Baykeeper, a San Francisco Bay watchdog reported that the bay’s high levels of nutrients, mostly phosphorus and nitrogen, discharged from over 40 wastewater treatment plants catalyze the conditions for virus and bacterial proliferation. Longer days and warmer sea temperatures nurture the plant growth, and nutrients spur the proliferation. These nutrients can exacerbate Harmful Algal Blooms.
However, this recent die-off is during a period of cool waters, but also during a period of high run off into Aquatic Park and freshwater dilution of the confined water body.
In the spring of 2017, hundreds of leopard sharks (Triakis semifasciata) and bat rays (Myliobatus californica) washed up dead or dying on the San Francisco Bay shoreline. That event was the second year in a row of mass shark and ray death in the Bay, and the third major die-off since 2011, according to the California Department of Fish and Wildlife. In that case, hundreds of dead shark reports concentrated around Foster City and Redwood City, with additional reports from Hayward, Berkeley, Oakland, and San Francisco. According to pathologist Dr. Mark Okohiro with the California Department of Fish and Wildlife who examined the brains from the sharks, the causative agent was an amoeba Miamiensis avidus that enter via the nose and ear canals and infect the brain.
Tidal lagoons like Aquatic Park, Lake Merritt in Oakland, and those located off Foster City and Redwood City, are subject to polluted street runoff that includes human and animal waste. Periods of high rainfall, such as occurred in early February this year, can also create a lens of freshwater that can create low oxygen conditions and alter the pH of the lagoon. If the tidal gates are closed, fresh saline and oxygen rich seawater is not allowed to enter and mix with the water in Aquatic Park. A construction site located adjacent to the Park could also be a contributing factor.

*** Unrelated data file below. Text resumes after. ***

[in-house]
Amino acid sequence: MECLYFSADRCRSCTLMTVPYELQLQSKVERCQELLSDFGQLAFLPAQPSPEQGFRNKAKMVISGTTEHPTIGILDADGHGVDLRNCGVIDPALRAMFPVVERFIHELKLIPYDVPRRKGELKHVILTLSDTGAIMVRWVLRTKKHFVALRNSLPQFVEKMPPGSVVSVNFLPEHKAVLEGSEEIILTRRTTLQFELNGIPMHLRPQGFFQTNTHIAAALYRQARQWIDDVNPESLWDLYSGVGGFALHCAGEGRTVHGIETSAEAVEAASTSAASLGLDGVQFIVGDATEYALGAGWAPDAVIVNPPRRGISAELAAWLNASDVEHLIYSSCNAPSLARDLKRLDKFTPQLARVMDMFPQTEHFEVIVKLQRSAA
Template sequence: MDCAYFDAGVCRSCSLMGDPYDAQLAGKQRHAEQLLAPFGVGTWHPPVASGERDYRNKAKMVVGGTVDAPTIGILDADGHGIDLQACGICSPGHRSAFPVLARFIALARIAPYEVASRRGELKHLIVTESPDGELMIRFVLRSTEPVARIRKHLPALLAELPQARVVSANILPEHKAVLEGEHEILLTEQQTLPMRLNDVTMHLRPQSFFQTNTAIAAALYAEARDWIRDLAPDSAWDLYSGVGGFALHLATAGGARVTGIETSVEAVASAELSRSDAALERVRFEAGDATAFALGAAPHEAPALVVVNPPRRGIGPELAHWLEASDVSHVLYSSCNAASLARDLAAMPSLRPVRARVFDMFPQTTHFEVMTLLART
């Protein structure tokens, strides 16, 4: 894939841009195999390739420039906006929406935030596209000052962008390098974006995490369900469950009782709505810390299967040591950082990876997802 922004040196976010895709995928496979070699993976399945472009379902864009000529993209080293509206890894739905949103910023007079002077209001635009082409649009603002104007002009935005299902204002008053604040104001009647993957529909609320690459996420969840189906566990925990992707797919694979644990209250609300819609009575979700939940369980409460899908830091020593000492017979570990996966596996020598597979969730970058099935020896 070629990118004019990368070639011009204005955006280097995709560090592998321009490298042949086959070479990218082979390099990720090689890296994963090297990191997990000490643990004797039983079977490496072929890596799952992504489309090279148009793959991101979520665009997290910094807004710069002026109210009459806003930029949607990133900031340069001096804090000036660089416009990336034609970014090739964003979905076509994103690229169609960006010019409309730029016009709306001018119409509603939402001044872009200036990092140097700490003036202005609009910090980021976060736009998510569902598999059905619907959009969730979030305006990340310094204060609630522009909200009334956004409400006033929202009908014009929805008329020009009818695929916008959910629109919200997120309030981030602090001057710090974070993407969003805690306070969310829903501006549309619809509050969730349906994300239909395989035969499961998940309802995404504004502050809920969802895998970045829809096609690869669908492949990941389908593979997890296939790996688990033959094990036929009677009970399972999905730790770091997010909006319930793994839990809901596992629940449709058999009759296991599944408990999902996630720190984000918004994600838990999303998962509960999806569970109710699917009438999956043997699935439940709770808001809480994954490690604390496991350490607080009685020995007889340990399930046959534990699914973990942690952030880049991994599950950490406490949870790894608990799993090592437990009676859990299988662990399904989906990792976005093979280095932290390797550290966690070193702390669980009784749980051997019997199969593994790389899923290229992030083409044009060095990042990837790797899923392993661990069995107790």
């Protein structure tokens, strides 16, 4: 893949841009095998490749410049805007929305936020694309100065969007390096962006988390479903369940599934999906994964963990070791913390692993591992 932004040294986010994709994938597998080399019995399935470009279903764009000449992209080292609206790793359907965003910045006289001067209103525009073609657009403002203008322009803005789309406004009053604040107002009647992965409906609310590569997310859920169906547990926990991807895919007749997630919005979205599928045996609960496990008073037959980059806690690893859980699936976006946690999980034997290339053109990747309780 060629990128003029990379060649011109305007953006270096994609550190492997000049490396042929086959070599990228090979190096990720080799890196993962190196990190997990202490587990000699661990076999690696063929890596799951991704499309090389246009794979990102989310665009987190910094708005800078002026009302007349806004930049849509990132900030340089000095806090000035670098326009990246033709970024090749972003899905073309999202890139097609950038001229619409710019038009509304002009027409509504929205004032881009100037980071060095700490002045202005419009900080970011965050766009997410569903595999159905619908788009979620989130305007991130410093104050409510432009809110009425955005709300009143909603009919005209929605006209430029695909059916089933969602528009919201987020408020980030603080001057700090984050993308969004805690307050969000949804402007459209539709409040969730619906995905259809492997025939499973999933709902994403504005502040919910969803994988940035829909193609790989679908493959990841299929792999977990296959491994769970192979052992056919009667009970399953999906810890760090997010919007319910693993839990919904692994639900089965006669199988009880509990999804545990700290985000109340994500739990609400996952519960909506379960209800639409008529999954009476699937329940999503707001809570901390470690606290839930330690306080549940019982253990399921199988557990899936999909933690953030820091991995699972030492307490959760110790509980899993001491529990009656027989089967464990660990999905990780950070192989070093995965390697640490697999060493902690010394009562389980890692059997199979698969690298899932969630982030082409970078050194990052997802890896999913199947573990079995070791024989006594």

This isn’t the first large scale leopard shark die-off in the San Francisco area.
Die-offs in San Francisco first gained attention in 1967 when over 725 sharks and rays were recorded by East Bay Park’s biologist Ron Russo. Documented shark and ray die-offs occurred in 2002, 2006, 2011, 2016 and 2017. 2011 had the highest death toll according to Fish and wildlife records.
The Pelagic Shark Research Foundation reported stranded dead sharks in Redwood City, Foster City and a dead shark was reported in Novato to the north suggesting a wider scale disease event. Specimens have been submitted to the California Fish and Wildlife pathologist Dr. Mark Okohiro. The results have not been shared as of yet but Dr. Okihiro has stated he believes the pathogen in the same as the 2017 event.
Sharks and rays belong to the group Elasmobranchii and do not have a swim bladder that helps them flow. Unless nearshore the fish sink and the deaths are not observed. Thus, the reported deaths of stranded sharks and rays are very likely underrepresented. Shark Stewards provided a fresh leopard shark specimen to Dr. Okohiro and contacted the Berkeley Parks and Department of Public Works to conduct water testing and examine the tidal gates to ensure fresh seawater is entering Aquatic Park.
Report a stranded or dying shark in California below, call or text the California Department of Fish and Wildlife’s CalTIP hotline. You can also take a picture and upload it iNaturalist, where it will be added to a project tracking leopard sharks and bat rays around the Bay.